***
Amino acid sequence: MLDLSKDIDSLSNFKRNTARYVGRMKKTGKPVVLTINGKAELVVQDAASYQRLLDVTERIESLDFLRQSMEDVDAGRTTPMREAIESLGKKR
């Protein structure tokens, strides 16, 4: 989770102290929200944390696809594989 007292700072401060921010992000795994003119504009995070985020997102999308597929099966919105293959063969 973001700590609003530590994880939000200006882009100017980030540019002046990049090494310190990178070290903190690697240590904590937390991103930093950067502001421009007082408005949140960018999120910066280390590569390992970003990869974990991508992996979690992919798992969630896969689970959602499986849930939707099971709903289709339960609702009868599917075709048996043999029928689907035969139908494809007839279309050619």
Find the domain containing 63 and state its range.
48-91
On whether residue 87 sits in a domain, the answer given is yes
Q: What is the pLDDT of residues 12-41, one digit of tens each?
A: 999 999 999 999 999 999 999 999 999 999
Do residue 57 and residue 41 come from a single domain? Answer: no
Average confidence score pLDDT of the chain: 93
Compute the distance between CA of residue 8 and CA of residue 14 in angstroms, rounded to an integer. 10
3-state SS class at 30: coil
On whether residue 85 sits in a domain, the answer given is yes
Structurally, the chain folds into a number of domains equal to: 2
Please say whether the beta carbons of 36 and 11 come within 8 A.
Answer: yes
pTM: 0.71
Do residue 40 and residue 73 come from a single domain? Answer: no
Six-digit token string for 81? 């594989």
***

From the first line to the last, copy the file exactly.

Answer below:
Amino acid sequence: MLDLSKDIDSLSNFKRNTARYVGRMKKTGKPVVLTINGKAELVVQDAASYQRLLDVTERIESLDFLRQSMEDVDAGRTTPMREAIESLGKKR
């Protein structure tokens, strides 16, 4: 989770102290929200944390696809594989 007292700072401060921010992000795994003119504009995070985020997102999308597929099966919105293959063969 973001700590609003530590994880939000200006882009100017980030540019002046990049090494310190990178070290903190690697240590904590937390991103930093950067502001421009007082408005949140960018999120910066280390590569390992970003990869974990991508992996979690992919798992969630896969689970959602499986849930939707099971709903289709339960609702009868599917075709048996043999029928689907035969139908494809007839279309050619």
Find the domain containing 63 and state its range.
48-91
On whether residue 87 sits in a domain, the answer given is yes
Q: What is the pLDDT of residues 12-41, one digit of tens each?
A: 999 999 999 999 999 999 999 999 999 999
Do residue 57 and residue 41 come from a single domain? Answer: no
Average confidence score pLDDT of the chain: 93
Compute the distance between CA of residue 8 and CA of residue 14 in angstroms, rounded to an integer. 10
3-state SS class at 30: coil
On whether residue 85 sits in a domain, the answer given is yes
Structurally, the chain folds into a number of domains equal to: 2
Please say whether the beta carbons of 36 and 11 come within 8 A.
Answer: yes
pTM: 0.71
Do residue 40 and residue 73 come from a single domain? Answer: no
Six-digit token string for 81? 């594989």